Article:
Palliative and Supportive Care

Original Articles

General practitioners' experiences of the psychological aspects in the care of a dying patient

Brian Kellya1 c1, Francis T Varghesea2, Paul Burnetta3, Jane Turnera2, Marguerite Robertsona2, Patricia Kellya2, Geoffrey Mitchella4 and Pat Trestona5

a1 Centre for Rural and Remote Mental Health, University of Newcastle, Newcastle, NSW, Australia

a2 Discipline of Psychiatry, Southern Clinical School, University of Queensland Medical School, Brisbane, QLD, Australia

a3 Charles Sturt University, Wagga Wagga, NSW, Australia

a4 Discipline of General Practice, University of Queensland Medical School, Brisbane, QLD, Australia

a5 Mt. Olivet Hospital and Home Care Services, Brisbane, QLD, Australia


Objective: General practitioners (GPs) play an integral role in addressing the psychological needs of palliative care patients and their families. This qualitative study investigated psychosocial issues faced by GPs in the management of patients receiving palliative care and investigated the themes relevant to the psychosocial care of dying patients.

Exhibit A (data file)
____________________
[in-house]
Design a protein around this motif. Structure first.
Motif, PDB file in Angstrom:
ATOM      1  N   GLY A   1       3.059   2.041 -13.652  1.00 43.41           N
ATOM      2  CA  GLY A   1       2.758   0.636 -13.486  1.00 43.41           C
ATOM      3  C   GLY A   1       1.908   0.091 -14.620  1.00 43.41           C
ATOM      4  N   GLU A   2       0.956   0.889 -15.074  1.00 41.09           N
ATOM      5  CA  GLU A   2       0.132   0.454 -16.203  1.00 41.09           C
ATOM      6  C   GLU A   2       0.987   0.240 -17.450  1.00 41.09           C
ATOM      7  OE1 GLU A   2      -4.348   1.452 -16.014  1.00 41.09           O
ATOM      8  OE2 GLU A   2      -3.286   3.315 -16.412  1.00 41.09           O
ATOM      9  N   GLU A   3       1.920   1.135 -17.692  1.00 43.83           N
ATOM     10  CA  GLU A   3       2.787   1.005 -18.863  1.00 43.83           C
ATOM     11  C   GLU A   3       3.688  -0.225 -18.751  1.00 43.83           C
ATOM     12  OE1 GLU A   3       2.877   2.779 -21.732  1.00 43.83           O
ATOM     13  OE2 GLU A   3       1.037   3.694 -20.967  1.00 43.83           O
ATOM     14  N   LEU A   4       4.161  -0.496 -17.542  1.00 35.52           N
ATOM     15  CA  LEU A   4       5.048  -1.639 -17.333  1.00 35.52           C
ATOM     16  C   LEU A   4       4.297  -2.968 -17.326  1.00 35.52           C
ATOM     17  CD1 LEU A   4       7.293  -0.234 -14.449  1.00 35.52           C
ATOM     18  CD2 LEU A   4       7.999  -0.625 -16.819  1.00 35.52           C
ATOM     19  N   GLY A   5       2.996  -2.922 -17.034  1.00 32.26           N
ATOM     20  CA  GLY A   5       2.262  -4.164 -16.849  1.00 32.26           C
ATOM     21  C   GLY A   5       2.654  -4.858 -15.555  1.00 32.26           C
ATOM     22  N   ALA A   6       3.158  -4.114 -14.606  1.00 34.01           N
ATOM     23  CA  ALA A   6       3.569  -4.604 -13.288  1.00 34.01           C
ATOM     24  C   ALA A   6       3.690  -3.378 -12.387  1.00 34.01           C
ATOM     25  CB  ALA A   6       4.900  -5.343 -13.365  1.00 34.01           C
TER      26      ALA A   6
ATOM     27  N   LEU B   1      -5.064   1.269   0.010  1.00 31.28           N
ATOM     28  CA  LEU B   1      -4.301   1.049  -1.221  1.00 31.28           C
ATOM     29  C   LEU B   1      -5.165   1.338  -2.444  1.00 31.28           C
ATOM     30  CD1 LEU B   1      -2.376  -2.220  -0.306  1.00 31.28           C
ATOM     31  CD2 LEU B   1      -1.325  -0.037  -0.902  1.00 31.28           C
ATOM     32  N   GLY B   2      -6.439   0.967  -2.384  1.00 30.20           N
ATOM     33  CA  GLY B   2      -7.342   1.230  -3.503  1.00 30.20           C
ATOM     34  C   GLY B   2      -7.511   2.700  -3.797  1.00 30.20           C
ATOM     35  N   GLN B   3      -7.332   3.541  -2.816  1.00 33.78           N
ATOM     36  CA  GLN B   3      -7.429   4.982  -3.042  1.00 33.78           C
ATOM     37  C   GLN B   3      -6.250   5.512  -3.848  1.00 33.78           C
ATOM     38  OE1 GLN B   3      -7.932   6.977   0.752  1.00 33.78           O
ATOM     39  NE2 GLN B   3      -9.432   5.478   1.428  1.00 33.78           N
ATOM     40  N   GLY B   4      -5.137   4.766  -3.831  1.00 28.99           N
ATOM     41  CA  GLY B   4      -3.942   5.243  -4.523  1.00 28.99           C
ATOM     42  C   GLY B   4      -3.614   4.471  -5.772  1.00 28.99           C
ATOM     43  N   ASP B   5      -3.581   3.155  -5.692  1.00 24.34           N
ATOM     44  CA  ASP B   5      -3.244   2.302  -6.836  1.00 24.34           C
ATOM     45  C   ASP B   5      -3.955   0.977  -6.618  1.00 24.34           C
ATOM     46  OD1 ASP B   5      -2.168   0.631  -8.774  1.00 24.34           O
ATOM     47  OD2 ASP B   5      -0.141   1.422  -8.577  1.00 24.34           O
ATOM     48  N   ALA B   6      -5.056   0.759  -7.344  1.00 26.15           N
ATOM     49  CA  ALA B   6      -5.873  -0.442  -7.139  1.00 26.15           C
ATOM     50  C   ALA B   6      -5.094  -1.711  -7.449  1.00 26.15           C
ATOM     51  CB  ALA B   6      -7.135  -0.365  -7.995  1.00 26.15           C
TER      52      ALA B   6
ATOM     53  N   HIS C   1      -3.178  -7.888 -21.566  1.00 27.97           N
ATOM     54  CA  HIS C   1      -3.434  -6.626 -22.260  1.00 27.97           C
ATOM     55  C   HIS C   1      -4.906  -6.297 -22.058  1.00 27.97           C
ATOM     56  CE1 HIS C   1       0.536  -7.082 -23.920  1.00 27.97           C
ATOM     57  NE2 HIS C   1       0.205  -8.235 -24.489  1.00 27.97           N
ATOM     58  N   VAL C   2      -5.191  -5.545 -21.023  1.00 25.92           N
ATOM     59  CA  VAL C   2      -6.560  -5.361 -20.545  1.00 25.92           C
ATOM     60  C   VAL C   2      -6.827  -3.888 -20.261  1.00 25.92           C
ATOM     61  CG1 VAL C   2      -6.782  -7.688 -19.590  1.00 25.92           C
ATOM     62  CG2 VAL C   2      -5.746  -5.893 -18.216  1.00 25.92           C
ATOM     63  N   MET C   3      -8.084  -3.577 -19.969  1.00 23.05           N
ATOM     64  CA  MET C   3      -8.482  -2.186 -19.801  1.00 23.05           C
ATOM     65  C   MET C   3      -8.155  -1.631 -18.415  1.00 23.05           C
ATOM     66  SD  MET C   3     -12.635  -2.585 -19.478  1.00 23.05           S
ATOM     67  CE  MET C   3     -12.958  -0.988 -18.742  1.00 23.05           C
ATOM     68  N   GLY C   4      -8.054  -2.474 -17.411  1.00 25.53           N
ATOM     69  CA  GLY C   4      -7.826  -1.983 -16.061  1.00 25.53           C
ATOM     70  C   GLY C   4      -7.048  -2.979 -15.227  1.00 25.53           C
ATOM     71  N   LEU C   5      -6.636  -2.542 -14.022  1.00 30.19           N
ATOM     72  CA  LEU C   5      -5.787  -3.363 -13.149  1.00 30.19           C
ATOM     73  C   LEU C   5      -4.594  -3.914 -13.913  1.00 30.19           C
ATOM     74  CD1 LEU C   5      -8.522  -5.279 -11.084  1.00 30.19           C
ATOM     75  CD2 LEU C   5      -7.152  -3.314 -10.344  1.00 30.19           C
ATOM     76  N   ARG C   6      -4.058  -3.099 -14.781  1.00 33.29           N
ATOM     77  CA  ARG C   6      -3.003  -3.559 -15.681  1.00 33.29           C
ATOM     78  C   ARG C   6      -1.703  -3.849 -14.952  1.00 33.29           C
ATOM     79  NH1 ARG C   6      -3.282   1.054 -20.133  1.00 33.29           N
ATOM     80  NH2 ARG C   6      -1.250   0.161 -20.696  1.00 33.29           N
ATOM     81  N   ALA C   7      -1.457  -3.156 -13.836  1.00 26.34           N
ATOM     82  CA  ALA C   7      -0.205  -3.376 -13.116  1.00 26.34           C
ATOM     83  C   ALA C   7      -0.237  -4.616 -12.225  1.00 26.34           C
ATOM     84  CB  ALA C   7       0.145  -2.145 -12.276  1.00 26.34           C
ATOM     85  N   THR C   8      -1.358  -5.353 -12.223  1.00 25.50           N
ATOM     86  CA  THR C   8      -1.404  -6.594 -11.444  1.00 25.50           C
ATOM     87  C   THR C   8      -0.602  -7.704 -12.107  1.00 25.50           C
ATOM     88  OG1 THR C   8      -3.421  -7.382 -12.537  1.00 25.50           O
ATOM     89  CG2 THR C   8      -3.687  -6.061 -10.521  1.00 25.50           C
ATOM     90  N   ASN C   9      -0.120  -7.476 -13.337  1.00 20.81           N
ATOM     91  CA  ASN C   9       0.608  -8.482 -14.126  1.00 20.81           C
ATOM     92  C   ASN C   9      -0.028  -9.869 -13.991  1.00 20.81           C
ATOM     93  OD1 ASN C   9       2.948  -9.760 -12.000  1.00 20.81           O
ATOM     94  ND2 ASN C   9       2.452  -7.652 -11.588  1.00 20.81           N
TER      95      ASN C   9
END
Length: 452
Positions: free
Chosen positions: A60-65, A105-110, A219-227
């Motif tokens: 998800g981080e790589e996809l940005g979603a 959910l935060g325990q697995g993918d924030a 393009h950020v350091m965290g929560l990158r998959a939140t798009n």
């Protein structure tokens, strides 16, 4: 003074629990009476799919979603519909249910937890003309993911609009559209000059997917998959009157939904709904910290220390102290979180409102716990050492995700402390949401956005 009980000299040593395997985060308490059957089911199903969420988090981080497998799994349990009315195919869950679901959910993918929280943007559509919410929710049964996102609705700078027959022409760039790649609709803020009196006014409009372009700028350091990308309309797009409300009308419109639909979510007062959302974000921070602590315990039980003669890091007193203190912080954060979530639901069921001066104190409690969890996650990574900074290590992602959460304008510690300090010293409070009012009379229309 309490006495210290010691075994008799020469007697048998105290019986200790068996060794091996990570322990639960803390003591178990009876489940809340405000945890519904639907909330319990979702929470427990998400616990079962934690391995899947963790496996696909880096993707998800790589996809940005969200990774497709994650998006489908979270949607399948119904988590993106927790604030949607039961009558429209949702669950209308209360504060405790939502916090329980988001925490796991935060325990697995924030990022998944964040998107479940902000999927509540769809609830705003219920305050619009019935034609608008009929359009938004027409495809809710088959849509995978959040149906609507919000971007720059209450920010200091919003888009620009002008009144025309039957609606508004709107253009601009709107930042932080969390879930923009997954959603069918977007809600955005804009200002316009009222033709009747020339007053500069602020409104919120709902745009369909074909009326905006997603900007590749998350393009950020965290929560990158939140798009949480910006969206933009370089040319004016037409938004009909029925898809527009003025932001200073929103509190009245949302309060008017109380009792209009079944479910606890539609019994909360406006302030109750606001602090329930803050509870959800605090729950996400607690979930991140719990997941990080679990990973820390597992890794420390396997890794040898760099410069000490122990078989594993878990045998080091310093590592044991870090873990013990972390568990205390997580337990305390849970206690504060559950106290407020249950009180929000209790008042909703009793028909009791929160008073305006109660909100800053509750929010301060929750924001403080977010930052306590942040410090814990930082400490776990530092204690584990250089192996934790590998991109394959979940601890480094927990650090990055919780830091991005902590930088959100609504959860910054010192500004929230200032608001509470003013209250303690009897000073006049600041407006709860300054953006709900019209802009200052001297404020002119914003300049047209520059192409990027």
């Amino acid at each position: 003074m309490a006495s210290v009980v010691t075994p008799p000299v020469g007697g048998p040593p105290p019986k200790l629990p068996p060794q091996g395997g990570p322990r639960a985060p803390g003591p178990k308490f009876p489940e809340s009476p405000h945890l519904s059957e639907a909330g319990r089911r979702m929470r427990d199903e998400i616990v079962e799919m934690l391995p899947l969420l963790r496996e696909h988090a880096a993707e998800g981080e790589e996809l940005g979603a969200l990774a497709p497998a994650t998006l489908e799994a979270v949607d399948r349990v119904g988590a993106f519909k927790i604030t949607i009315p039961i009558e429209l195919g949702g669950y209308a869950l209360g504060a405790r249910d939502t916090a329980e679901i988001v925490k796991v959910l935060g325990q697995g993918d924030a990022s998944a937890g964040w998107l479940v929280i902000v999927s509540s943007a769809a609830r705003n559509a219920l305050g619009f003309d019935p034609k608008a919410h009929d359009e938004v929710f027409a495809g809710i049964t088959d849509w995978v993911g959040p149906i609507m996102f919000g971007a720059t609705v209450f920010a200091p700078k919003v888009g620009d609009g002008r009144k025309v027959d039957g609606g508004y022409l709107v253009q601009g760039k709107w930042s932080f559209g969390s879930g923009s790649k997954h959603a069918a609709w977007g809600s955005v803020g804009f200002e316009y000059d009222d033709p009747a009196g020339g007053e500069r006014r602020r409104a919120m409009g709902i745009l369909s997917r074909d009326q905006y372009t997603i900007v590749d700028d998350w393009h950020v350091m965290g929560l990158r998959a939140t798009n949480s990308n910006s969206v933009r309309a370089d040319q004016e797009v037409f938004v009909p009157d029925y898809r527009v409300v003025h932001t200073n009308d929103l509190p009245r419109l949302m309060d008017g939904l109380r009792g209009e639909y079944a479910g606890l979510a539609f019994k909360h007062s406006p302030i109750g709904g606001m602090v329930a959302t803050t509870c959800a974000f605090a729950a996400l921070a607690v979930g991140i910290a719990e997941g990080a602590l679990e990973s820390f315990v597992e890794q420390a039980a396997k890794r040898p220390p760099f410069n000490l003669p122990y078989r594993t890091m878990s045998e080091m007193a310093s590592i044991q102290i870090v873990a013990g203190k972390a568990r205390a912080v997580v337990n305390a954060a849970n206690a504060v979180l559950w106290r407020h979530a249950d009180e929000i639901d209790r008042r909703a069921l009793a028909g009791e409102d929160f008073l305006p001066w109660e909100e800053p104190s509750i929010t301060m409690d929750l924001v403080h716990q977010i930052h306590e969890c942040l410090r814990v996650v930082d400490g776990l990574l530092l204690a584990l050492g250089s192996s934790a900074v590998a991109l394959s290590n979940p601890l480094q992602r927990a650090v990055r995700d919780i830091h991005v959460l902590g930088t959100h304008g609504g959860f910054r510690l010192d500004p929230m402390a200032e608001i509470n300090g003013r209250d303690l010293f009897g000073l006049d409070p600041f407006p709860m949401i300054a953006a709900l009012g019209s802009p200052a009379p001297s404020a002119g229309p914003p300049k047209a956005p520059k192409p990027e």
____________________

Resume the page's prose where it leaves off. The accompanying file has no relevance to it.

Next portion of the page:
Method: Fifteen general practitioners whose patient had been recently referred to the Mt. Olivet Palliative Home Care Services in Brisbane participated in an individual case review discussions guided by key questions within a semistructured format. These interviews focused on the psychosocial aspects of care and management of the referred patient, including aspects of the doctor/patient relationship, experience of delivering diagnosis and prognosis, addressing the psychological concerns of the patients' family, and the doctors' personal experiences, reactions, and responses. Qualitative analysis was conducted on the transcripts of these interviews.

Results: The significant themes that emerged related to perceived barriers to exploration of emotional concerns, including spiritual issues, and the discussion of prognosis and dying, the perception of patients' responses/coping styles, and the GP's personal experience of the care (usually expressed in terms of identification with patient).

Significance of results: The findings indicate the significant challenges facing clinicians in discussions with patients and families about death, to exploring the patient's emotional responses to terminal illness and spiritual concerns for the patient and family. These qualitative date indicate important tasks in the training and clinical support for doctors providing palliative care.

(Received June 22 2007)

(Accepted August 20 2007)


c1 Address correspondence and reprint requests to: Brian Kelly, Centre for Rural and Remote Mental Health, University of Newcastle, Bloomfield Hospital, Forest Rd Orange, NSW, 2800, Australia. E-mail: